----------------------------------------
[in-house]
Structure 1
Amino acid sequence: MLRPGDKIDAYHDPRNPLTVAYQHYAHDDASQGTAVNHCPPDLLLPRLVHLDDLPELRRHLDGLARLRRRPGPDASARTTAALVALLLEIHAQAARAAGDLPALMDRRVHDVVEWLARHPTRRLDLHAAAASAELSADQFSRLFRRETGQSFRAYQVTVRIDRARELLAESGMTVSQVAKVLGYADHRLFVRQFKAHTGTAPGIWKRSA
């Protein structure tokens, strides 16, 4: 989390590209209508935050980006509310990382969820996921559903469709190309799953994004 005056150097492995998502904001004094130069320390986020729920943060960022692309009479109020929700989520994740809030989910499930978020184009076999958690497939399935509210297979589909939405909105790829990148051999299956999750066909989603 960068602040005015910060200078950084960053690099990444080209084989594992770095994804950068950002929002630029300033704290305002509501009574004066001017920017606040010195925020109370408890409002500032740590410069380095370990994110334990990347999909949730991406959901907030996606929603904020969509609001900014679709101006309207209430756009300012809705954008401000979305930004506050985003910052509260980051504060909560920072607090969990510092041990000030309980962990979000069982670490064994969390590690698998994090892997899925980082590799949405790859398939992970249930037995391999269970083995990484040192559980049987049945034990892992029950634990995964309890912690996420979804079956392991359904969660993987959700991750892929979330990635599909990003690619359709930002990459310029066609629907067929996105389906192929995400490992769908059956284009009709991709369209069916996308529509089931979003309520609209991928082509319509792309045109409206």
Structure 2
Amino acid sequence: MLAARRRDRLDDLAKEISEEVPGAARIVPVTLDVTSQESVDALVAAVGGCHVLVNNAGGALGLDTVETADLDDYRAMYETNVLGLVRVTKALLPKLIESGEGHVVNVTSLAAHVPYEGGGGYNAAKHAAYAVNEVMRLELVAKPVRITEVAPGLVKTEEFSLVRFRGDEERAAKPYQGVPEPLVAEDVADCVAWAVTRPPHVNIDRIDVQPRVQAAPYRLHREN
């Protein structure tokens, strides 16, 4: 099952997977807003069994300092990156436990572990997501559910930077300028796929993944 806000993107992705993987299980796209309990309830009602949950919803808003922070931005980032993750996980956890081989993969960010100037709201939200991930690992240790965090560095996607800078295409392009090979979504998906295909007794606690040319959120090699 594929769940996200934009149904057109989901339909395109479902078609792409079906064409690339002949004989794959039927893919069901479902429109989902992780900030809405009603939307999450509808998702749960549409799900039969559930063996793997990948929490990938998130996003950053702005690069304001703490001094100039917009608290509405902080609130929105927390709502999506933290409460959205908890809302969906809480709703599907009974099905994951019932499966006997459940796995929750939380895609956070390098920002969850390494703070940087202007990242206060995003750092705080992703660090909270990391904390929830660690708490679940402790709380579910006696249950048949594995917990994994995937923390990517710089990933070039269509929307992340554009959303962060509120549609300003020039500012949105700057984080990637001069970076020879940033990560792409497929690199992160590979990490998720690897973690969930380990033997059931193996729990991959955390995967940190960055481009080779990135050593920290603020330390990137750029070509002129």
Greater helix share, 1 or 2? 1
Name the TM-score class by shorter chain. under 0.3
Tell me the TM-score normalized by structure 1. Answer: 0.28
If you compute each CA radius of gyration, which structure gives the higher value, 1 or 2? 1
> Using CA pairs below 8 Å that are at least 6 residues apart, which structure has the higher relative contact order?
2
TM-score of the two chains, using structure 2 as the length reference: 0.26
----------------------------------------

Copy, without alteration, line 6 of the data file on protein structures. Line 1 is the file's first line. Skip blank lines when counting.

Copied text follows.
Amino acid sequence: MLAARRRDRLDDLAKEISEEVPGAARIVPVTLDVTSQESVDALVAAVGGCHVLVNNAGGALGLDTVETADLDDYRAMYETNVLGLVRVTKALLPKLIESGEGHVVNVTSLAAHVPYEGGGGYNAAKHAAYAVNEVMRLELVAKPVRITEVAPGLVKTEEFSLVRFRGDEERAAKPYQGVPEPLVAEDVADCVAWAVTRPPHVNIDRIDVQPRVQAAPYRLHREN